We recently got in a batch of several fun, new series of jigsaw puzzles!
For folk artist fans, you’ll love the new Art of Anthony Kleem series! With six new puzzles from Karmin, all at 550 pieces, folks will have fun putting together the whole series, which features great folk art themes such as the mountains, the beach, and hot air balloons.
New series now feature captions that feature a list of all the other puzzles in the series by name, so they’re extra easy to find! You’ll find the list with hyperlinks that will take you directly to the new puzzle underneath the caption and before the information in the details. It will look like this:
For those that are a fan of vintage Americana jigsaw puzzles, especially ones that feature old advertisements, look no further than the Kellogg’s series, which includes collages of retro Kellogg’s characters and the box art of Snap, Crackle, and Pop from Rice Krispies cereal! With tons of detail and color and a dash of nostalgia, these are some great puzzles to do to bring back some memories!
If vintage and Americana artwork aren’t your thing, the contemporary photography art of Terry Border might be right up your alley! Border makes humorous scenes using everyday objects to tell tiny stories. In one, an ice-cube-person lifts weights (made out of a toothpick and Lifesaver gummies!) while staring longingly at a poster of the Titanic that says, “If you can dream it, you can achieve it.” His photographs will be sure to amuse young and old puzzlers alike!
Recently we did a post on Eric Dowdle Folk Art puzzles. While we love Eric Dowdle (and we know you do, too, based on his popularity) we thought it might also be nice to get some comparisons across the folk art genre.
The genre of folk art reflects the traditional values of society. Popular images include cozy neighborhoods, horse and buggies, farms, quilts, balloons, and parades. There’s a sense of serenity, warmth, and community in them. Folk art is characterized by a style that is not concerned with either correct perspective or proportion.
The folk artists with the most puzzles on our site include Charles Wysocki, Eric Dowdle, and Jane Wooster Scott, but we have even more! Some only have one or two puzzles, but their presence is still appreciated. But browse along these images and tell us who you like best!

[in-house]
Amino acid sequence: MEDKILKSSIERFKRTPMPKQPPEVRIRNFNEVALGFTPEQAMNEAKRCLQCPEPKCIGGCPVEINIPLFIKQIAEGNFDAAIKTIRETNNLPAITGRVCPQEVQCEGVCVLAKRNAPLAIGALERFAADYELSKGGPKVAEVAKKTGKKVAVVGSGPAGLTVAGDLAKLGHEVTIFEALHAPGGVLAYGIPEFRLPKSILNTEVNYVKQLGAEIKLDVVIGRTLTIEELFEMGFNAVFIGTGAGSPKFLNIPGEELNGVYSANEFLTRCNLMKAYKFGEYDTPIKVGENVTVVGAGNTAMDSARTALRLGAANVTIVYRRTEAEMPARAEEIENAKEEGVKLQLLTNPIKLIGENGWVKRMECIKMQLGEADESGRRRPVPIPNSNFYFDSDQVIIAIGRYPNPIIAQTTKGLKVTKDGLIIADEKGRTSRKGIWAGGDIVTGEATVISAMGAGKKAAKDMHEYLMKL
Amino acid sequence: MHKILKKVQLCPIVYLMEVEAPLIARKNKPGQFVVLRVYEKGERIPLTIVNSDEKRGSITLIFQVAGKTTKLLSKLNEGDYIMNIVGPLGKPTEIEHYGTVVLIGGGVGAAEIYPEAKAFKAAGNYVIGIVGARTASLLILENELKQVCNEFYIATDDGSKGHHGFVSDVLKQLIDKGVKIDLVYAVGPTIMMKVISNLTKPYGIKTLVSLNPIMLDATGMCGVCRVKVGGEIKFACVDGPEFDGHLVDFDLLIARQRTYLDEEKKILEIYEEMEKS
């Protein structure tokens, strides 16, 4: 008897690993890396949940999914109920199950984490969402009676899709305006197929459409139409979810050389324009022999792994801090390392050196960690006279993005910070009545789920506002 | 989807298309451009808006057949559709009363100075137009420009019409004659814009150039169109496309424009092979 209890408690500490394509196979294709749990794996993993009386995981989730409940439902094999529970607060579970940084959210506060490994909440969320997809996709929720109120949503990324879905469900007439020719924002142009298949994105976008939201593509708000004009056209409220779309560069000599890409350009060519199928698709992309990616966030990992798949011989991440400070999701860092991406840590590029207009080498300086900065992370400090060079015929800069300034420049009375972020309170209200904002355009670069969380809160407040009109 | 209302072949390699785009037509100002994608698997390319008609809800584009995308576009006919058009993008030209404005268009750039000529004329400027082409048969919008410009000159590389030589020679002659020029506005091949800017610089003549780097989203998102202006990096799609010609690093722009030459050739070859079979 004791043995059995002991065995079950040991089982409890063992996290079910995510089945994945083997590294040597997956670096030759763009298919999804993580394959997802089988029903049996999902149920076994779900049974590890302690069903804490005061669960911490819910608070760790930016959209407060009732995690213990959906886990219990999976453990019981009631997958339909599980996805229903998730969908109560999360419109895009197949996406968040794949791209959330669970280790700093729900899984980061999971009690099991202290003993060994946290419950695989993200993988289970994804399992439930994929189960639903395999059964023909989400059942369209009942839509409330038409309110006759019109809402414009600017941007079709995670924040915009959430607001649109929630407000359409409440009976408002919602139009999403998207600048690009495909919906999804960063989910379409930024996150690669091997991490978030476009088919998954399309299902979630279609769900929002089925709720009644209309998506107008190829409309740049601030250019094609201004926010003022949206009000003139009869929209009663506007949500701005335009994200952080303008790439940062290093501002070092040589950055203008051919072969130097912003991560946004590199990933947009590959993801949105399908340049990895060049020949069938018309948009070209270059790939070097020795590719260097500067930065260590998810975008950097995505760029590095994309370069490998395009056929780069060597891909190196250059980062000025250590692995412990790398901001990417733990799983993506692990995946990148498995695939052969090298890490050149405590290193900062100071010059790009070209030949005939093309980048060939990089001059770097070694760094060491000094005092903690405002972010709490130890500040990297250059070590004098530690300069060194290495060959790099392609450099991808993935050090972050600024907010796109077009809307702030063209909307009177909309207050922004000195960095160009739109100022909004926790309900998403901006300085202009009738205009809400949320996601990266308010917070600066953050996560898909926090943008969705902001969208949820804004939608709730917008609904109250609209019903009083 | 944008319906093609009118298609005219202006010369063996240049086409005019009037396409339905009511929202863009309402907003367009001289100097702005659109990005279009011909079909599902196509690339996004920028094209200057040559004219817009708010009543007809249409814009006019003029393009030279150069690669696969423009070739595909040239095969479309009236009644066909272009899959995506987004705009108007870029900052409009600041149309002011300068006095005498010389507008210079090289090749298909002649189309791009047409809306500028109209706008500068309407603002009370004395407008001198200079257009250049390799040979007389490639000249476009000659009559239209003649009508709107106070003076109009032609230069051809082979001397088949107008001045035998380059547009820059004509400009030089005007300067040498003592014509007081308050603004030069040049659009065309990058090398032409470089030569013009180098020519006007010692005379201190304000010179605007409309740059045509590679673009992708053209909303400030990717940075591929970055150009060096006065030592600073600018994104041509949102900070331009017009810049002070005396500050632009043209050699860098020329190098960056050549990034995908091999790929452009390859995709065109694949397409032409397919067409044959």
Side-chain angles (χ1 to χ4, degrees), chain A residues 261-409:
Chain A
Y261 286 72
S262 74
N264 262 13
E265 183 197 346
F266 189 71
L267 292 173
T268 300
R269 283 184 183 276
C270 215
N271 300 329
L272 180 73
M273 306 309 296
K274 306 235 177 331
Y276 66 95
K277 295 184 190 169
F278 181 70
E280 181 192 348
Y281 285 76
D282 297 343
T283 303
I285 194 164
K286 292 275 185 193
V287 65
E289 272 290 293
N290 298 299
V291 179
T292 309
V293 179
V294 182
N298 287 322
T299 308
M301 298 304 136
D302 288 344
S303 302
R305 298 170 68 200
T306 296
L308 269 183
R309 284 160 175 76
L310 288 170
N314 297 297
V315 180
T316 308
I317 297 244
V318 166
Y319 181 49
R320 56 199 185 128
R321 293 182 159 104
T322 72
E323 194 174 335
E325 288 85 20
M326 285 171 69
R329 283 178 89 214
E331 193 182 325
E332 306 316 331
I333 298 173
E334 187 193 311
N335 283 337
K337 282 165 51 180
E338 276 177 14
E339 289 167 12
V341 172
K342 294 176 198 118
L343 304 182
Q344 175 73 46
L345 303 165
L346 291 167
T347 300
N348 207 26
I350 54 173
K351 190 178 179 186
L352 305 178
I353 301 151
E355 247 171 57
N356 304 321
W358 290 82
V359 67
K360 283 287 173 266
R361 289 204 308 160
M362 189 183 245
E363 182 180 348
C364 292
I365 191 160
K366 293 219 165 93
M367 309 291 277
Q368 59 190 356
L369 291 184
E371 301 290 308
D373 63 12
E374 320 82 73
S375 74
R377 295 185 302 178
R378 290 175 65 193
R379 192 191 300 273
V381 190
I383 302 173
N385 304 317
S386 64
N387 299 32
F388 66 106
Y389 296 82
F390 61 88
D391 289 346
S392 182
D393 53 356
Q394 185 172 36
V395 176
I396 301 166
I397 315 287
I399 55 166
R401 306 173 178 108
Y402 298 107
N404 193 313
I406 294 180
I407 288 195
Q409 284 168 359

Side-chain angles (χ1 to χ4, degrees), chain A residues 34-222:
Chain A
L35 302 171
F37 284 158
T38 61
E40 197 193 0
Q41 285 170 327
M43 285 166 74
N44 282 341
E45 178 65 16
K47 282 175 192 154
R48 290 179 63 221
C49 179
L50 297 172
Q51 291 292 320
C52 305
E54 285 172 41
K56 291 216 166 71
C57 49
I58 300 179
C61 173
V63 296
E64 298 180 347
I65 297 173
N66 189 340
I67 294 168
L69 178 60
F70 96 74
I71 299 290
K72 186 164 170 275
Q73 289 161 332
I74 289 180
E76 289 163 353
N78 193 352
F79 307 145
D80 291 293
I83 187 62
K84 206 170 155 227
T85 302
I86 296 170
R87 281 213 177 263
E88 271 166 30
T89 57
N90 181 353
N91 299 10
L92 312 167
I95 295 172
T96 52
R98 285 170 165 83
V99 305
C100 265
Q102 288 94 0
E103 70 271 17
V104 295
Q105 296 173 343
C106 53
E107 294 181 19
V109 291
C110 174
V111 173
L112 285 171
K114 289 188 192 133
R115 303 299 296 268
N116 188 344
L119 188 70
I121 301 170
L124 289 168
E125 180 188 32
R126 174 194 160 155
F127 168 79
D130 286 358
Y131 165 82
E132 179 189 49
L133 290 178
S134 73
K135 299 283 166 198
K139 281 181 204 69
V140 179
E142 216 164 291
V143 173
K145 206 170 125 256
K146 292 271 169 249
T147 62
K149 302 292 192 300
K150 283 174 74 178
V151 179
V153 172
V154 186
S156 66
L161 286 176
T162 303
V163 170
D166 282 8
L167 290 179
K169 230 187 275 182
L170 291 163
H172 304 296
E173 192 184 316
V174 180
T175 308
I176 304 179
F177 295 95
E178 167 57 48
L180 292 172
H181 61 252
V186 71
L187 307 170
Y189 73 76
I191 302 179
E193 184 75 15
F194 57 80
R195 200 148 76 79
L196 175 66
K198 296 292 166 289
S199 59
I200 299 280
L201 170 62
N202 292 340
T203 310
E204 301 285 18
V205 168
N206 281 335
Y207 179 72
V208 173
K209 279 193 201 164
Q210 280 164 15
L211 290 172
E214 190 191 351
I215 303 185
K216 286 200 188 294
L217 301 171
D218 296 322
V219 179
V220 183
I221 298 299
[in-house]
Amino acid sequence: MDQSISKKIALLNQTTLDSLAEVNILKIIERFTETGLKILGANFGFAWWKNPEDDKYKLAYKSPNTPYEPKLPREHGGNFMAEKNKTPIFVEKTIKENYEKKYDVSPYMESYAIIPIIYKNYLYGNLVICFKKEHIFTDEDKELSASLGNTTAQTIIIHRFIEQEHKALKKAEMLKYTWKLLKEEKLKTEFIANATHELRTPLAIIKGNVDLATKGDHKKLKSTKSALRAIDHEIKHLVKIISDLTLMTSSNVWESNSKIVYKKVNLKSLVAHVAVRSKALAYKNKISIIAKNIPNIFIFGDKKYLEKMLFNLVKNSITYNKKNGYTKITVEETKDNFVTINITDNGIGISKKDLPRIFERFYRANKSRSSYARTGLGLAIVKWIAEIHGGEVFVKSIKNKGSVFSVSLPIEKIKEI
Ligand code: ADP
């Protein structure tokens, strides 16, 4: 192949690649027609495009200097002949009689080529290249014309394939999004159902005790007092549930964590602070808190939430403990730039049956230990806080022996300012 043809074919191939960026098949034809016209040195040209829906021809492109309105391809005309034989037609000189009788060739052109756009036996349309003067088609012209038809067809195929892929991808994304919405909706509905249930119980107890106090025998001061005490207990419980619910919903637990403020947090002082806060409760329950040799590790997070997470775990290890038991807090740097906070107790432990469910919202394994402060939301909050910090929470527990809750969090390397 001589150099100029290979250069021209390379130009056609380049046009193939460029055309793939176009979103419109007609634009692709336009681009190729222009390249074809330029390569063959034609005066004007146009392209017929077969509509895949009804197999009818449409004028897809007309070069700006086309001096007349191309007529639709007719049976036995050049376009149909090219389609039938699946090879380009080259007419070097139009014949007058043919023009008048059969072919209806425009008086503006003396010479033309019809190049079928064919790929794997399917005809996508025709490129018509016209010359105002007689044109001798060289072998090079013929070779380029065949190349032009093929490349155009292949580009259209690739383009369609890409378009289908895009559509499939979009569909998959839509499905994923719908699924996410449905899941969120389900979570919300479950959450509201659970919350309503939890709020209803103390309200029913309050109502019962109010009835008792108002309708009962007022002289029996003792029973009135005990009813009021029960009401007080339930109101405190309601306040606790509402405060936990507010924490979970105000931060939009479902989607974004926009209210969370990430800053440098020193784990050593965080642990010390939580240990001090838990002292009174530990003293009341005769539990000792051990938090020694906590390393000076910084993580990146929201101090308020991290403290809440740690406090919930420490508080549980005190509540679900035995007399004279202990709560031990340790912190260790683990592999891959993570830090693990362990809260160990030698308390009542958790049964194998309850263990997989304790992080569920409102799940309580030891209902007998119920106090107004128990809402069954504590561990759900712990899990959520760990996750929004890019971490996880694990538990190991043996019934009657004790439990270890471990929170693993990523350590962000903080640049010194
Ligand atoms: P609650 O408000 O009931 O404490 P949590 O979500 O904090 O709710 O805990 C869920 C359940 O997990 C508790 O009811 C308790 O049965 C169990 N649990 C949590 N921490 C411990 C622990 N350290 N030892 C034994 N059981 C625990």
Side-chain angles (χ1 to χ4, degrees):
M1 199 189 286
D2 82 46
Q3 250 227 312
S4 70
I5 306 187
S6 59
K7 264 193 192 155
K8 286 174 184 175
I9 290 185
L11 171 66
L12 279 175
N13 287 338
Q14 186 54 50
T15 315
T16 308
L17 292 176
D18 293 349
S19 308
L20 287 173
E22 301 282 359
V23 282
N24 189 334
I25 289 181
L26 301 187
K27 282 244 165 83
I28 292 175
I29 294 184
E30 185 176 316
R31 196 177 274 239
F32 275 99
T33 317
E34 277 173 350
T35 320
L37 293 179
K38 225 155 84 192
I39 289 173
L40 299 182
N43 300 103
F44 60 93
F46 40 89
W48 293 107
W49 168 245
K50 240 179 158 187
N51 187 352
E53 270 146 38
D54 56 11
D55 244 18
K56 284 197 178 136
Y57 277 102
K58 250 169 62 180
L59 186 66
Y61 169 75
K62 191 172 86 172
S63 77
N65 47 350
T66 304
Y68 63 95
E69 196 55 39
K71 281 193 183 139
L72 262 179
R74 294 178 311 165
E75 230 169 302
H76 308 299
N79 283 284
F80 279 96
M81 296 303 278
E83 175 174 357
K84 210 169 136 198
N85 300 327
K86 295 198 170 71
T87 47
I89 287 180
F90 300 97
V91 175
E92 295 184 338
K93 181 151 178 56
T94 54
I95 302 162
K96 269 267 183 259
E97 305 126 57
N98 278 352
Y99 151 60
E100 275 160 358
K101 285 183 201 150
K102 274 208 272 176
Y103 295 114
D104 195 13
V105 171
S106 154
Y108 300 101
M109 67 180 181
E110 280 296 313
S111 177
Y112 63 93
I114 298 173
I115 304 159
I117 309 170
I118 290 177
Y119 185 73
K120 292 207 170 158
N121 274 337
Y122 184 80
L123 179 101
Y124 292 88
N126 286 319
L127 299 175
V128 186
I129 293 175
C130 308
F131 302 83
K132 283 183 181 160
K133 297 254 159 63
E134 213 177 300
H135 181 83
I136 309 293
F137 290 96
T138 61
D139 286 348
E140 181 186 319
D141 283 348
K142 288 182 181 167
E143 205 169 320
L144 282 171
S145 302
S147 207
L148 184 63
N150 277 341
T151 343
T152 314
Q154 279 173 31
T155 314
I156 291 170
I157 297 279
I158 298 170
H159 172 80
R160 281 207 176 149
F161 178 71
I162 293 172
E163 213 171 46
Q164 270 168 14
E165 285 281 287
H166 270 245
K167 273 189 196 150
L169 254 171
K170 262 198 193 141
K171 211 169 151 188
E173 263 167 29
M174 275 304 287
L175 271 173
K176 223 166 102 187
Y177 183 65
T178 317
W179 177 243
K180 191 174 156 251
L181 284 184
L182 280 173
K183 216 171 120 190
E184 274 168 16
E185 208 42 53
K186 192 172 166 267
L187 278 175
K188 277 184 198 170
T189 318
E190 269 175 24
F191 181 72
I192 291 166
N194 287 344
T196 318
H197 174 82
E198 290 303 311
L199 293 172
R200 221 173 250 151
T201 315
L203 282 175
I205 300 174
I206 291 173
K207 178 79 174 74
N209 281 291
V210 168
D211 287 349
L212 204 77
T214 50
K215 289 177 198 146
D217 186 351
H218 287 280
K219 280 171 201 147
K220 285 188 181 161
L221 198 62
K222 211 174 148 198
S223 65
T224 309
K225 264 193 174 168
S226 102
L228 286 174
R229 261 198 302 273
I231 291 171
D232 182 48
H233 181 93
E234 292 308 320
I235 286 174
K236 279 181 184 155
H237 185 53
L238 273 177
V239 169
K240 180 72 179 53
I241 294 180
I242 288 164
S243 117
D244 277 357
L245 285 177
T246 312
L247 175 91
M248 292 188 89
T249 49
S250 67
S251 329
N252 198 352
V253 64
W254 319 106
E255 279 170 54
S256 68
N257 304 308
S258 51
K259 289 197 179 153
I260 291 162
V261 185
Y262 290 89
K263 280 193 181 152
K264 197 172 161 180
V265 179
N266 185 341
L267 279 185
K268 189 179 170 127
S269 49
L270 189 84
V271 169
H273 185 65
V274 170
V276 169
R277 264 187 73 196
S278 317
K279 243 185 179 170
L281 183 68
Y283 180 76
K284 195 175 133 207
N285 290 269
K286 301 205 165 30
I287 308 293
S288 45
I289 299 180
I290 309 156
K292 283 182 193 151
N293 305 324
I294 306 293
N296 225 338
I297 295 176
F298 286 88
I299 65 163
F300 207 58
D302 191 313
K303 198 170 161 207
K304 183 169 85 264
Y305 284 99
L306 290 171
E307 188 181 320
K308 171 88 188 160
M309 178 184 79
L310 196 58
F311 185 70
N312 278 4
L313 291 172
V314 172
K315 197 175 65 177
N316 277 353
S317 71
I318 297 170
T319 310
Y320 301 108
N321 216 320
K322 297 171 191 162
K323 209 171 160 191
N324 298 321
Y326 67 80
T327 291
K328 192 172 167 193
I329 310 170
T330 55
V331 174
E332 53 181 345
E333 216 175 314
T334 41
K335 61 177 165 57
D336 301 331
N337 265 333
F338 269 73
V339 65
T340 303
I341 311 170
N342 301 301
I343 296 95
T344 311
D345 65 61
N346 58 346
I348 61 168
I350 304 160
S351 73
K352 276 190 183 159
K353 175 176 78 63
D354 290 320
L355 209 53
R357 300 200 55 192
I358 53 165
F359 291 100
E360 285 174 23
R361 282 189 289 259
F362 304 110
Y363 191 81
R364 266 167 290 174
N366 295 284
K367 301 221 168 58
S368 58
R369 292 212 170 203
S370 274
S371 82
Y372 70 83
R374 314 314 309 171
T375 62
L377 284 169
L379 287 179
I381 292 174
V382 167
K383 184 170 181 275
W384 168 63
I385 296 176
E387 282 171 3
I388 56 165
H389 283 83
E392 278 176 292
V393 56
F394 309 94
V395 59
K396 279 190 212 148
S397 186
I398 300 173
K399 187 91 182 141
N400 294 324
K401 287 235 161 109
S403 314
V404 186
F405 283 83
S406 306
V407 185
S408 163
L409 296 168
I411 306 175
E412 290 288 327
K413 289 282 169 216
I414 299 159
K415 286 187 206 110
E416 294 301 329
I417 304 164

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BOB PETTES is from Minneapolis, Minnesota and his talent for art was discovered in grade school. After the war, he took advantage of the GI Bill to study art at the college level. He focuses on Americana and European landscapes.
CHARLES WYSOCKI was born in Detroit, Michigan to Polish parents. He credits his influences to Edward Hopper and Norman Rockwell. He considers himself a painter of early American life with a “love for the old-fashioned values.”
ELLEN STOUFFER is an artist that draws inspiration from everyday things, and she often includes things in her paintings inspired by her faith in God and her 1848 homestead. Sometimes her artwork features meaningful scripture.
ERIC DOWDLE appreciates the values of hard work and faith in God and devotion to one’s country. He lives in Salt Lake City, Utah but many of his artworks feature beautiful renditions of other famous towns and cities. Here are 2 more generic puzzles of his that may appeal more to someone from anywhere that’s less of a travel buff.
SHEILA LEE was born in Baltimore and says her upbringing and her Irish Catholic heritage combined left her with a “terminal sense of humor” that she tries to inject in her art of people in simpler times who have that same humor. She is influenced by Charles Wysocki and Linda Nelson Stocks but adds her own flair with trademarks of a Celtic cross, a shooting star, calico prints, quilt patterns, a white dog with black spots, an antagonistic cat, or a mischievous child playing a prank.
LINDA NELSON STOCKS makes art that celebrates America’s remarkable heritage injected with values of community and family. She enjoys painting farms and villages in rich detail.
MATTIE LOU O’KELLEY started beginning to paint at age 60 as a hobby. She died 19 years later, but in that time, she painted beautiful nostalgic works that depicted the Georgia countryside from the 20th century. She had always wanted to paint, but she had to leave school in 9th grade to help out on the family farm. She worked as a seamstress, cook, and waitress in town after her father died, and when she retired at age 60 she said she “finally had the time” to learn to paint, and quickly went on to be a celebrated folk artist.
WILFREDO LIMVALENCIA considers his style “folk-realism” because he has a penchant for minute details. There is a unique blending of naieve art and realistic elements that makes Limvalencia’s art really special. He brainstorms with his family and says he really feels blessed to live an artist’s life.